1. What’s Mine, Yours, Ours. Sometimes, when each spouse works and they can’t agree on financial nuances or find the time to talk about them, they decide to split the bills down the middle or allocate them in some other fair and equitable manner. When the bills have been covered, each spouse can spend what they have left as they want. It sounds like a reasonable plan, but it can build resentment over the individual purchases made. It also divides spending power, eliminating much of the financial value of marriage, as well as the ability to plan for long-term goals such as buying a home or securing retirement. Plus, it can lead to relationship-ruining behavior like financial infidelity, wherein one spouse hides money from the other.

Bill splitting also pushes down the road any planning and consensus-building about how financial burdens will be handled if one spouse loses a job; decides to cut back on hours or take a pay cut to try out a new career; leaves the workforce to raise children, go back to school, or care for a parent; or if there’s any other situation in which one partner may have to financially support the other. Couples owe it to themselves to have a conversation about such contingencies well before any of them happen.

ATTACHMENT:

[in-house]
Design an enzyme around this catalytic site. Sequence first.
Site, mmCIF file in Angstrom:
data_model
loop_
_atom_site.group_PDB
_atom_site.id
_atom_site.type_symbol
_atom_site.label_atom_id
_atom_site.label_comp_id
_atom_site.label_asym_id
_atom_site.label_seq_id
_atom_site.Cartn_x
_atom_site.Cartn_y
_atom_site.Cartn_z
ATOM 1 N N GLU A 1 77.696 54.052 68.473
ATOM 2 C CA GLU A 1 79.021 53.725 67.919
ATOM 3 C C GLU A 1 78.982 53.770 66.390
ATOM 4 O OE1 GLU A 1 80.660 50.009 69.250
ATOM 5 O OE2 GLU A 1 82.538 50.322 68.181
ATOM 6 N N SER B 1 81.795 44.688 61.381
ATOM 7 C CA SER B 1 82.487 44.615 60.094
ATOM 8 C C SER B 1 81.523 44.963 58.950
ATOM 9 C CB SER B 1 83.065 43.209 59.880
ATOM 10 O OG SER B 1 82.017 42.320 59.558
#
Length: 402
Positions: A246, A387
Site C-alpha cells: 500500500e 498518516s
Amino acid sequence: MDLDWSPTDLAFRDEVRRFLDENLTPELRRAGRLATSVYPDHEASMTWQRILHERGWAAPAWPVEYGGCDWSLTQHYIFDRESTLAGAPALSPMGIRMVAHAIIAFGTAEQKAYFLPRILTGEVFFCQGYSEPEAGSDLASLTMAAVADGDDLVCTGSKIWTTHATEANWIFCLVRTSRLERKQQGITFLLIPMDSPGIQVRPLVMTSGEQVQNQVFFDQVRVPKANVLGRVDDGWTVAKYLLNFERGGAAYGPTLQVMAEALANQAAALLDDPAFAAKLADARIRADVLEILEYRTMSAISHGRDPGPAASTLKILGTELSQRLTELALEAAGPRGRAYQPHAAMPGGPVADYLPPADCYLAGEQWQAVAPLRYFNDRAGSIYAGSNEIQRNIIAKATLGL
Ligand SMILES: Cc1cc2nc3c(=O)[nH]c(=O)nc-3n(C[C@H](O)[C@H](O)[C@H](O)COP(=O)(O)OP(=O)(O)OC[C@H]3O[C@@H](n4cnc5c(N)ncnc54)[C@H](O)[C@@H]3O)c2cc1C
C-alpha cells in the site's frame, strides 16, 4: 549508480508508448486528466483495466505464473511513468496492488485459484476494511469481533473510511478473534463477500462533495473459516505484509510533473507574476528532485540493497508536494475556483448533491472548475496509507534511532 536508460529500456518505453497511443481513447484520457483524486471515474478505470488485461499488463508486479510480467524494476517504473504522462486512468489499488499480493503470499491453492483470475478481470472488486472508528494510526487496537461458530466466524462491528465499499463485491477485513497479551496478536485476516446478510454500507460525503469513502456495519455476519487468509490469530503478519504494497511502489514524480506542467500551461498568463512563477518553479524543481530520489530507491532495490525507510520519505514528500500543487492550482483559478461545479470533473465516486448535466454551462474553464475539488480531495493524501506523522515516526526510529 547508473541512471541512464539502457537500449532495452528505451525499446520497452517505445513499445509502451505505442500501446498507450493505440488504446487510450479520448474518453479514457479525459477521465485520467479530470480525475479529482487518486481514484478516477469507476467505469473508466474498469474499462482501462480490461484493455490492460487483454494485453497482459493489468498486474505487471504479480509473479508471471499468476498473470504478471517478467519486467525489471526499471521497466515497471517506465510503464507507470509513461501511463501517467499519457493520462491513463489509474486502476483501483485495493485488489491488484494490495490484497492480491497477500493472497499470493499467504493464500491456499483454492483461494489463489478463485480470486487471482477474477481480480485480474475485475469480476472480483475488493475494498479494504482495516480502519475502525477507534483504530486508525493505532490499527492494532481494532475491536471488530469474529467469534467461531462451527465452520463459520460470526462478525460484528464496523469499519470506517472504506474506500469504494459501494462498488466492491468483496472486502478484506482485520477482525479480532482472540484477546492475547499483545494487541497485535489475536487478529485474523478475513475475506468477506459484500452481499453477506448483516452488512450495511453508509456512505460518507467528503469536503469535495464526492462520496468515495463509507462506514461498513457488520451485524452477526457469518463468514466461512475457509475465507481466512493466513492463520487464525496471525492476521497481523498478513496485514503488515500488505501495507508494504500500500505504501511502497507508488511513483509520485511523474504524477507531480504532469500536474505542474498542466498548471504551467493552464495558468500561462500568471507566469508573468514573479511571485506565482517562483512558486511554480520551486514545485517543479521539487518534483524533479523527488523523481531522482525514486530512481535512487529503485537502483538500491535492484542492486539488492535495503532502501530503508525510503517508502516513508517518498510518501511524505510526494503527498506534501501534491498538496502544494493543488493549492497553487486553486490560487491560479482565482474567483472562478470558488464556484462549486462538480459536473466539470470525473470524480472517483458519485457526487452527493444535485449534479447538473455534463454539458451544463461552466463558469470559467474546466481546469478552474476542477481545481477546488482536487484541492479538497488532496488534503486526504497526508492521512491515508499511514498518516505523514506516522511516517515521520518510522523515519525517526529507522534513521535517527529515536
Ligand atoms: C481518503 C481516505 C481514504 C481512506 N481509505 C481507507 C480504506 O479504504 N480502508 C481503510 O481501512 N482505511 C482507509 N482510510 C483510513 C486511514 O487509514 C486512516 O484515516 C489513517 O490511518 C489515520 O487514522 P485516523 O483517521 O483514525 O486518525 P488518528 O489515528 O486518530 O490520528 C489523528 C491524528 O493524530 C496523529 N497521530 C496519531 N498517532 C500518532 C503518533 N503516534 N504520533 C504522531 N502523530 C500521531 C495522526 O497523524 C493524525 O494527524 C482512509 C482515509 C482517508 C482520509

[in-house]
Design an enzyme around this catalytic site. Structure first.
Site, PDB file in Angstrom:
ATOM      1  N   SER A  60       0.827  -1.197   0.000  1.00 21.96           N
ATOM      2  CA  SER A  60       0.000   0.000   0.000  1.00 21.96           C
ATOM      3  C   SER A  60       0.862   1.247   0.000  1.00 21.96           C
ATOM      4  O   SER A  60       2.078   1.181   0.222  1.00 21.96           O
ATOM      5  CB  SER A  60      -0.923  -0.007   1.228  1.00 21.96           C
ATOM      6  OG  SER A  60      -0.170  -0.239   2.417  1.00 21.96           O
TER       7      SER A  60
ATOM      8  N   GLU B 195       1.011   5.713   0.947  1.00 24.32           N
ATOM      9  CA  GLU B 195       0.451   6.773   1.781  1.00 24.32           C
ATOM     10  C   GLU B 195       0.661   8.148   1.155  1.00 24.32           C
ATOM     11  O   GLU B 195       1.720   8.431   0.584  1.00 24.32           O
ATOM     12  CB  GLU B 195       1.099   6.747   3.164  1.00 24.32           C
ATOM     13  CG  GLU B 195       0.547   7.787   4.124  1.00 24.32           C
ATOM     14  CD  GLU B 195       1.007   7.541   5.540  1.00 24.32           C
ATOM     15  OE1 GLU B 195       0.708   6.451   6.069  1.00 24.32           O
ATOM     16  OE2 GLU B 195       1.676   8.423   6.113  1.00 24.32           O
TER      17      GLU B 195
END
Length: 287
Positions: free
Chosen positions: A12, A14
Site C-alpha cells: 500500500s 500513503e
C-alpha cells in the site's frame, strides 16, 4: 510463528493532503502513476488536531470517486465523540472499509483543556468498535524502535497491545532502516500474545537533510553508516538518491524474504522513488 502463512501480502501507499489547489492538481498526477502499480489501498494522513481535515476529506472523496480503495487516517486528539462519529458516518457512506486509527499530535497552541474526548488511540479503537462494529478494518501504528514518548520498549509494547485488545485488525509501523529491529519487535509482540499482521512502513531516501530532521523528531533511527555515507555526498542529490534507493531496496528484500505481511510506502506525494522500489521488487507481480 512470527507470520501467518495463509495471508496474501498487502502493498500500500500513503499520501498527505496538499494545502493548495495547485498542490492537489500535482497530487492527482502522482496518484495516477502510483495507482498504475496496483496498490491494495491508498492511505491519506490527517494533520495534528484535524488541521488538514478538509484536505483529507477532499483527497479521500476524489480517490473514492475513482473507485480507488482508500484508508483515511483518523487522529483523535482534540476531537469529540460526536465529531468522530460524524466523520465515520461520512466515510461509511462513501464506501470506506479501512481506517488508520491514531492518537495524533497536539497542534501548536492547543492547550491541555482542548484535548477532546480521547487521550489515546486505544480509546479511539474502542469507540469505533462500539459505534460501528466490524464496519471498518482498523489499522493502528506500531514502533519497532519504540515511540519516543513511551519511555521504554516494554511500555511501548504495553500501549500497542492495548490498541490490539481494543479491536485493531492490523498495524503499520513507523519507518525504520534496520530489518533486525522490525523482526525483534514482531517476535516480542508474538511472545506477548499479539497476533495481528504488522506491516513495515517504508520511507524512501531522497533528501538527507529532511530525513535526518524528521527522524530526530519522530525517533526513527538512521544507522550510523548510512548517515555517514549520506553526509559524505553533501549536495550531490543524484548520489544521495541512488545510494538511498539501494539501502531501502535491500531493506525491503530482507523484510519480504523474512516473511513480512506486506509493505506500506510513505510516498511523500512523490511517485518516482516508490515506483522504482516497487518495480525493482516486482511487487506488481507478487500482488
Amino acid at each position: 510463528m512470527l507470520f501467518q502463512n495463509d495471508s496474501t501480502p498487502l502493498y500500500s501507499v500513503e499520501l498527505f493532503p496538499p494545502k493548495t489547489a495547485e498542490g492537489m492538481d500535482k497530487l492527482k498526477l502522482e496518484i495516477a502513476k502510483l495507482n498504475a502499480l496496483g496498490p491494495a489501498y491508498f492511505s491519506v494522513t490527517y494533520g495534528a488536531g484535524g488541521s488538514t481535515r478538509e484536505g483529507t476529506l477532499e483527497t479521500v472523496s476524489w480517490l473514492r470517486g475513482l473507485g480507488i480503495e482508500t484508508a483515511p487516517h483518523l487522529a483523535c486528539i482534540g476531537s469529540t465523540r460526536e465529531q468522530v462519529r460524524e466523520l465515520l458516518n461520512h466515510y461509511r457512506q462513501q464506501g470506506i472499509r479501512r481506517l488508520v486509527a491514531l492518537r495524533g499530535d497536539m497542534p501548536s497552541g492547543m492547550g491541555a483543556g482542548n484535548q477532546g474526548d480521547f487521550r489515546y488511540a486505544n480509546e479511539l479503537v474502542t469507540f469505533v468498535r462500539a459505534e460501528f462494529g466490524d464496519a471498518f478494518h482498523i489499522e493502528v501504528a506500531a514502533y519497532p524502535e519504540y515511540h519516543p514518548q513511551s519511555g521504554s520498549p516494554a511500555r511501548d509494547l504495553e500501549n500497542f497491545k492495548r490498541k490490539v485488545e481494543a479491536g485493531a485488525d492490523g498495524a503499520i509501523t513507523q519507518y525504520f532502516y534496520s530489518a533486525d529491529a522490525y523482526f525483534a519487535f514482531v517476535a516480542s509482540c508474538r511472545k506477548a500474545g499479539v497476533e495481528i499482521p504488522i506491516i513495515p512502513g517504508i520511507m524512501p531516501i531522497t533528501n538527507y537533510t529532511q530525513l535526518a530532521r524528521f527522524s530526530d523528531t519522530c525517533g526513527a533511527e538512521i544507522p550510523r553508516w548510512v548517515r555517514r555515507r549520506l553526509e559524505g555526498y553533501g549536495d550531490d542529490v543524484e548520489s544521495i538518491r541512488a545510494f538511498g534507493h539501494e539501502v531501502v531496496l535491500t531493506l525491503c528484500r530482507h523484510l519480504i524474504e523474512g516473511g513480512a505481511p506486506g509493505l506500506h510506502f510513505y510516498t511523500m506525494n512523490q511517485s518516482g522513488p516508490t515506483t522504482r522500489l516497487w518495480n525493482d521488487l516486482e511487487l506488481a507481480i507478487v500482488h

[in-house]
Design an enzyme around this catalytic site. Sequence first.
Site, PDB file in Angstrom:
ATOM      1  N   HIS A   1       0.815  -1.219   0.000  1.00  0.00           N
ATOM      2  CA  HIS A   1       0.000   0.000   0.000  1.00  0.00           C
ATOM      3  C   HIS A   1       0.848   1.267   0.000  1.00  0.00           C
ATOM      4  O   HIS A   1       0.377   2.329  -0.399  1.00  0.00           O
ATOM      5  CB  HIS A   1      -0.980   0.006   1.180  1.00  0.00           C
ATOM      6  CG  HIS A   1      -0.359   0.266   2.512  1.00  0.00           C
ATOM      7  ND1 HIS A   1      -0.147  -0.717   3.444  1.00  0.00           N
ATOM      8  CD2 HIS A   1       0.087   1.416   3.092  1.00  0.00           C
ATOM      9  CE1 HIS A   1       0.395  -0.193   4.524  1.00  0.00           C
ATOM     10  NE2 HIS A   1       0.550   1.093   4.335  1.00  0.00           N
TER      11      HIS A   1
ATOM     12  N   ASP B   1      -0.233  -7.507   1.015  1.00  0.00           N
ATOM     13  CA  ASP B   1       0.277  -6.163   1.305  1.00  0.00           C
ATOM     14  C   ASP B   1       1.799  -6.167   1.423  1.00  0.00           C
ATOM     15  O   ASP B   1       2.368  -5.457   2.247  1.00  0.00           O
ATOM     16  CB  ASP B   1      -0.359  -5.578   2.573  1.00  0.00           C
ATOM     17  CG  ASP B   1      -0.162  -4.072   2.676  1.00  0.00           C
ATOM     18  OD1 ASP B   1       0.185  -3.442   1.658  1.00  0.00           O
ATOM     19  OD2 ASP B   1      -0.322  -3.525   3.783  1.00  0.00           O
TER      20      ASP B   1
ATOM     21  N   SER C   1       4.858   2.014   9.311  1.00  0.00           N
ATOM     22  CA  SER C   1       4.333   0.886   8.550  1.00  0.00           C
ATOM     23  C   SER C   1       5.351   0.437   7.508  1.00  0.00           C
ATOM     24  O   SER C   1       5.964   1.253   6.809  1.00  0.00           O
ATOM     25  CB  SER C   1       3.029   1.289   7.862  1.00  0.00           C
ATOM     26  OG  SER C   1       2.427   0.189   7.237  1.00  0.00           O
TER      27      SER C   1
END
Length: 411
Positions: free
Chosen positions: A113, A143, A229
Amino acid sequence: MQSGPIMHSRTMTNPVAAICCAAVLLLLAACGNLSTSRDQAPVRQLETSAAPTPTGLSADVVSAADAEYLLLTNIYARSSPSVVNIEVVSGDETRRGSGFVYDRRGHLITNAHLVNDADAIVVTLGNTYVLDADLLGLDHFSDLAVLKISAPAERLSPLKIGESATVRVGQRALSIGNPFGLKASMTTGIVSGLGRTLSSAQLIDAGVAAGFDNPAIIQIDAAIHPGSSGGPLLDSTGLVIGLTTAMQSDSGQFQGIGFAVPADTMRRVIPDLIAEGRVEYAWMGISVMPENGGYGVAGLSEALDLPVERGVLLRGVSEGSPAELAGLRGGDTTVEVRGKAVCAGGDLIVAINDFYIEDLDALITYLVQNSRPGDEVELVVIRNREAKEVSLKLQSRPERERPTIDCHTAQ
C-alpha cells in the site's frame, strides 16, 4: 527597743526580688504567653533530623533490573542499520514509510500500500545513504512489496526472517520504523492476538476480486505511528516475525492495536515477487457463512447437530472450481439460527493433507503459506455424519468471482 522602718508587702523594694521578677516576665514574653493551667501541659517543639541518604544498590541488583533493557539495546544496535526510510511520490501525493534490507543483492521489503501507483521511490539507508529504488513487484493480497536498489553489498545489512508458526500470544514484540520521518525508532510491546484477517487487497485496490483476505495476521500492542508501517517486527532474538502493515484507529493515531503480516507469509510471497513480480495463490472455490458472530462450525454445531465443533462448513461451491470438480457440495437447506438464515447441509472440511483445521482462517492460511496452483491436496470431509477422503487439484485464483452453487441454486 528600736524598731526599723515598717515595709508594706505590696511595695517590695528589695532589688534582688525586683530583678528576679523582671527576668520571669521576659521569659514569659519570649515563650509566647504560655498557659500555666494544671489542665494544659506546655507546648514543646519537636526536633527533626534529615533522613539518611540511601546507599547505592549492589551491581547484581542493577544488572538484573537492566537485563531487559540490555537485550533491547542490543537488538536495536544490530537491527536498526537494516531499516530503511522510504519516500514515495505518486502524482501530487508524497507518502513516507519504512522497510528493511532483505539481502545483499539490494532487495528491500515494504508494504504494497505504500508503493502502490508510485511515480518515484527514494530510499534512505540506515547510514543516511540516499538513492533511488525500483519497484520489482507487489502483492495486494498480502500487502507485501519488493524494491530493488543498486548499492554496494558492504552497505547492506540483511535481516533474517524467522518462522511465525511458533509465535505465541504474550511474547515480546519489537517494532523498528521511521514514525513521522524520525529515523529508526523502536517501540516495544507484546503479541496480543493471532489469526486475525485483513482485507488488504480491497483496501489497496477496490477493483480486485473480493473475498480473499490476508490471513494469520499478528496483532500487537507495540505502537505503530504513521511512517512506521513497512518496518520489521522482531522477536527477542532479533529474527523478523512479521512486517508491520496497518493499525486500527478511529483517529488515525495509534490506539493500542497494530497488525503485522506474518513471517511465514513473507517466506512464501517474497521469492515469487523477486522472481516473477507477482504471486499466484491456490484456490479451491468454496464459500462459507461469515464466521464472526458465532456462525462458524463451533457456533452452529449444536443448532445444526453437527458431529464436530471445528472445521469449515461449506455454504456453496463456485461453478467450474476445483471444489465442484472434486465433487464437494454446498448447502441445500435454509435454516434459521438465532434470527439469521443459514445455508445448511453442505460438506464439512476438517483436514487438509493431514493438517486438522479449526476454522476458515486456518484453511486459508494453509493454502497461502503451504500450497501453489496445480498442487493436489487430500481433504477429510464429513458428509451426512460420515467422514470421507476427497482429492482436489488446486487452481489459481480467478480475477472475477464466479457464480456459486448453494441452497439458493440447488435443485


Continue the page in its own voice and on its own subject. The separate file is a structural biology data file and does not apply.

2. Debt. From school and car loans to credit cards and even gambling habits, most people come to the altar with financial baggage. If one partner has more debt than the other—or if one partner is debt-free—the sparks can start to fly when discussions about income, spending, and debt servicing come up.

People in such situations may take some solace in knowing that debts brought into a marriage stay with the person who incurred them and are not extended to a spouse. It won’t hurt your credit rating, which is linked to Social Security numbers and tracked individually. That said, in most states (those that operate under what is called common law), debts incurred after marriage jointly are owed by both spouses.

Note that there are nine states in which all property (and debts) are shared after marriage regardless of individual or joint account status. They are Arizona, California, Nevada, Idaho, Washington, New Mexico, Texas, Louisiana, and Wisconsin. In these community-property states, you are not liable for most of your spouse’s debt that was incurred before marriage, but any debt incurred after the wedding is automatically shared—even when applied for individually.

3. Personality. Personality can play a big role in discussions and habits about money. Even if both partners are debt-free, the age-old conflict between spenders and savers can play out in multiple ways. It is important to know what your money personality is—as well as that of your partner—and to discuss these differences openly.